101.6. The conclusions of the Office of Appeals have traditionally been summarized in memoranda called the "General Counsel's Minute." Plaintiff does not seek access to these documents.
Thereafter the General Counsel either sustains the refusal to proceed or orders the Regional Director to issue the complaint. Additionally the Office of Appeals prepares a second memorandum -- the "agenda minute" -- which provides an analysis of the decision and which is sent to the Regional Director. It is access to this second group of appeals memoranda that plaintiff seeks.
Letters containing only the result, though not necessarily the underlying rationale, were sent to the parties previously in this action. During the pendency of this action a new policy has been instituted by the General Counsel whereby a portion of the information found previously only in the agenda minutes is included in these letters.
The Action of the General Counsel's office on appeals of the refusal of Regional Directors to issue complaints, whether made pursuant to "advice" from the Counsel office or otherwise is clearly final. This is not a preliminary view or a record of advocacy and debate, it is a final determination of the General Counsel's staff of the disposition of a charge. It is not an expression of a point of view, it is the disposition of a charge. As such the Appeals memorandum lies outside the Act's § (b)(5) exemption. Congress intended by that exemption only to promote the "free flow of information" Ackerly v. Ley, 137 U.S. App. D.C. 133, 420 F.2d 1336, 1341 (1969), and did not "design it to facilitate the easy exchange of substantive declarations of policy. Indeed, if it were, the exemption would have clearly engulfed the rule." Sterling Drug, Inc. v. F.T.C., 146 U.S. App. D.C. 237, 450 F.2d 698, 713 (D.C. Cir. 1971) Bazelon J. dissenting in part. See also, Davis, "The Information Act: A Preliminary Analysis," 34 Chicago Law Rev. 761. Since the memoranda lie outside the exemption, they must be disclosed. Tennessean Newspapers, Inc. v. F.H.A., 464 F.2d 657 (6th Cir., 1972); Getman v. NLRB, 146 U.S. App. D.C. 209, 450 F.2d 670, 672 (D.C. Cir. 1971).
It follows, further, that documents incorporated by reference in Advice and Appeals memoranda, even though possibly qualified for a Sec. (b) exemption taken separately, must also be disclosed, since they have lost their exempt status by incorporation. American Mail Line Ltd. v. Gulick, 133 U.S. App. D.C. 382, 411 F.2d 696, 703 (1968).
Upon consideration of the undisputed facts and after examining examples of the requested memoranda, this Court concludes: (a) that the Advice and Appeals memoranda are not "intra-agency memorandums" within the meaning of § 552(b)(5) of the Act; (b) that the Advice memoranda are "instructions" which affect a member of the public within the meaning of the Act; (c) that the Appeals memoranda issued in cases still pending, including those issued in Board Case No. 19-CB-1673, are "final opinions" within the meaning of the Act; (d) that documents expressly incorporated by reference are in fact part of said memoranda; (e) that in cases where the aforesaid memoranda rely upon and make reference to the "circumstances of the case" without delineating these "circumstances" the General Counsel must produce explanatory material including documents unless the General Counsel demonstrates such documents to be exempt; (f) that the Advice and Appeals memoranda made available shall include the names of the parties, the names of the attorneys, citations to prior cases and all other information for which justification for deletion has not been explained fully in writing except the names of affiants, and settlement suggestions from the Office of the General Counsel to the regional directors; and (g) that, the Act requires that the Advice and Appeals memoranda issued since July 4, 1967 be indexed and such indices be made available to the public.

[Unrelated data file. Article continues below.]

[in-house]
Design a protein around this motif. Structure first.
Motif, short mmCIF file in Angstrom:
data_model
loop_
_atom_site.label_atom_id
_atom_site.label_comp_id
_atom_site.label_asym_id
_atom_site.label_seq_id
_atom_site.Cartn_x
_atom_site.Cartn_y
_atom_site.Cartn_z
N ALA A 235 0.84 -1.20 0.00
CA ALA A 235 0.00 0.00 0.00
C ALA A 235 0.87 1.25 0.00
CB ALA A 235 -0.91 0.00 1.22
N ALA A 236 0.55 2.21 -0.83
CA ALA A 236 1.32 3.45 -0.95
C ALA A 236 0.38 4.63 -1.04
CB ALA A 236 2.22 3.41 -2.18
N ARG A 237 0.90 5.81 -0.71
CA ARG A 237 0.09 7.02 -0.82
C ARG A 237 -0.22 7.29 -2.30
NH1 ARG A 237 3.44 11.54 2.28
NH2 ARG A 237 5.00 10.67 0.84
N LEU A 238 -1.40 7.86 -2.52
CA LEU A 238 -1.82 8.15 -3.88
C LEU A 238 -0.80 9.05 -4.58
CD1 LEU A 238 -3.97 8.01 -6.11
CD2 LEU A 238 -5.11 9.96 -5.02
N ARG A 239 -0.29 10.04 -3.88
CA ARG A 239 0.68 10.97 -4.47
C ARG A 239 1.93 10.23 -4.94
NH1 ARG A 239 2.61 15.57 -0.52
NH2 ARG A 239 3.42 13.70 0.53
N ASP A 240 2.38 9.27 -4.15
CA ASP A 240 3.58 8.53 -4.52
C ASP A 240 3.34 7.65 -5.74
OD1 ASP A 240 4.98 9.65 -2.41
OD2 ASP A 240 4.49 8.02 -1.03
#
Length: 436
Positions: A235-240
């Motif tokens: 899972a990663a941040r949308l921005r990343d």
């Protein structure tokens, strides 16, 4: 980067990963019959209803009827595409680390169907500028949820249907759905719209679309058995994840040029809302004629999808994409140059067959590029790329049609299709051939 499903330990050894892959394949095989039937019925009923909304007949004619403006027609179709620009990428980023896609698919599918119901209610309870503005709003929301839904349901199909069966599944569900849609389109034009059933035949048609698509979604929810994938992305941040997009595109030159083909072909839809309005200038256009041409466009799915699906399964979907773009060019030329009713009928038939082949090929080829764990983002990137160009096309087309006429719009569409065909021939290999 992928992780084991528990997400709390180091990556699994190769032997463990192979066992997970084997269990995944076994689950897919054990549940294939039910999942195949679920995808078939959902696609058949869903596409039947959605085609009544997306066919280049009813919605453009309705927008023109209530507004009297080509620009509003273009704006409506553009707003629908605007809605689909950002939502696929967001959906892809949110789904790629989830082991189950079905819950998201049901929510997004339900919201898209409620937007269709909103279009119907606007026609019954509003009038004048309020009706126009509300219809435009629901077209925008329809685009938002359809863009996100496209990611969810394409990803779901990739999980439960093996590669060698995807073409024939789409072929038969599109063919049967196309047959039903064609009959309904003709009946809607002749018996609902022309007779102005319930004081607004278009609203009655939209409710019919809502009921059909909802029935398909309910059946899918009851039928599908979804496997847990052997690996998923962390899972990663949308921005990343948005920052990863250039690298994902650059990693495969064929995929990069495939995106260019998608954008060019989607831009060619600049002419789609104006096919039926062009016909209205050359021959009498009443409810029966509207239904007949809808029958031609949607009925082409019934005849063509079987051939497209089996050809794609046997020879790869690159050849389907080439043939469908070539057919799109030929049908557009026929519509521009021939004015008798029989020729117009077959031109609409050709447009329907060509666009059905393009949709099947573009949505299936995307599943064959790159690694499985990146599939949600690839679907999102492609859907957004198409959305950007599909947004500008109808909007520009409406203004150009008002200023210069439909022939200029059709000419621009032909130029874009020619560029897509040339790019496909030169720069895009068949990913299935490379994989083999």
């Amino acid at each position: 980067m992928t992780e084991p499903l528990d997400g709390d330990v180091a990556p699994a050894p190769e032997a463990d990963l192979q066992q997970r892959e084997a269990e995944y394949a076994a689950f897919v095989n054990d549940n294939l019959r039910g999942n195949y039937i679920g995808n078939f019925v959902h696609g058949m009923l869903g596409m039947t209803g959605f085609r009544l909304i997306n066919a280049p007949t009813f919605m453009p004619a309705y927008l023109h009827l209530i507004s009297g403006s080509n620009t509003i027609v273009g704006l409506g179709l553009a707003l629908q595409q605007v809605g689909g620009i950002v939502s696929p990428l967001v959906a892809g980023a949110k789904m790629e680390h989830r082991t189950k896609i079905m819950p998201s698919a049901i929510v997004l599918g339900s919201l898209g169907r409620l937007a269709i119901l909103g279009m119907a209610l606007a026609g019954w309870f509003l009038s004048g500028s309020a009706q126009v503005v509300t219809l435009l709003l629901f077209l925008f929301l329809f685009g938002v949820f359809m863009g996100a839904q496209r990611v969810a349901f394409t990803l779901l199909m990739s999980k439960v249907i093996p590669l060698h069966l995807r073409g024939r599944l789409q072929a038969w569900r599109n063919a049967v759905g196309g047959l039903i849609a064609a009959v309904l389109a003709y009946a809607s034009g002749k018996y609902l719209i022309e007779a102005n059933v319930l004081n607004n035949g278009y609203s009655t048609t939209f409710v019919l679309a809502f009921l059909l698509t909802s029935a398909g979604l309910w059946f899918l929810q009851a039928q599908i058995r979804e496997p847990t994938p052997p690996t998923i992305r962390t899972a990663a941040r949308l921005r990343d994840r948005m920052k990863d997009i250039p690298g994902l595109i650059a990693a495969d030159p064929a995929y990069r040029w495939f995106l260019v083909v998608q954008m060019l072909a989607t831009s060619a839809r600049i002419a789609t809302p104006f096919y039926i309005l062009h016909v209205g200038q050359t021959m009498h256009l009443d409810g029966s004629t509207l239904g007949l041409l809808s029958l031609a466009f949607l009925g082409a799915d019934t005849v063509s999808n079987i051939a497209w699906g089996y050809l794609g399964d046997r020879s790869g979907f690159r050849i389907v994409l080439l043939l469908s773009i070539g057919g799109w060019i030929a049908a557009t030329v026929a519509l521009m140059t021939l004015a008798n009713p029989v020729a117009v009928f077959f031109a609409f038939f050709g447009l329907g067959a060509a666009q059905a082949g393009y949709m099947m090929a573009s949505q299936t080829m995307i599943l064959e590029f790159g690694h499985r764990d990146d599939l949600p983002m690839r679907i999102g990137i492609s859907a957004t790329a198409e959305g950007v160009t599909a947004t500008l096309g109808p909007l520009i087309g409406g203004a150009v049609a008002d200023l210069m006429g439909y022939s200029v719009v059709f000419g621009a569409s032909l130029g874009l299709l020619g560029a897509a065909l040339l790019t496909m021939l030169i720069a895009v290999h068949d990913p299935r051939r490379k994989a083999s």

Accordingly, the Court concludes that the plaintiff's motion for summary judgment should be granted and the defendant's motion for summary judgment be denied. It is so ordered and further ordered that
(1) that defendants promptly make available to the public all Appeals and Advice memoranda issued since July 4, 1967, and any document expressly incorporated therein by reference;
(2) that defendants with reasonable promptness produce and compile, if necessary, indices of said memoranda;
(3) that defendants produce explanatory material including existing documents in those instances where Advice or Appeals memoranda rely upon the "circumstances of the case" or some other vague and imprecise reference without delineating what those circumstances are except where they can demonstrate that these documents are exempt under the Act;
(4) that defendants cease and desist from deleting from said Appeals and Advice materials the names of parties, the names of attorneys, citations to prior cases and all other information for which a justification for deletion has not been explained fully in writing except settlement suggestions from the Office of the General Counsel and the names of affiants.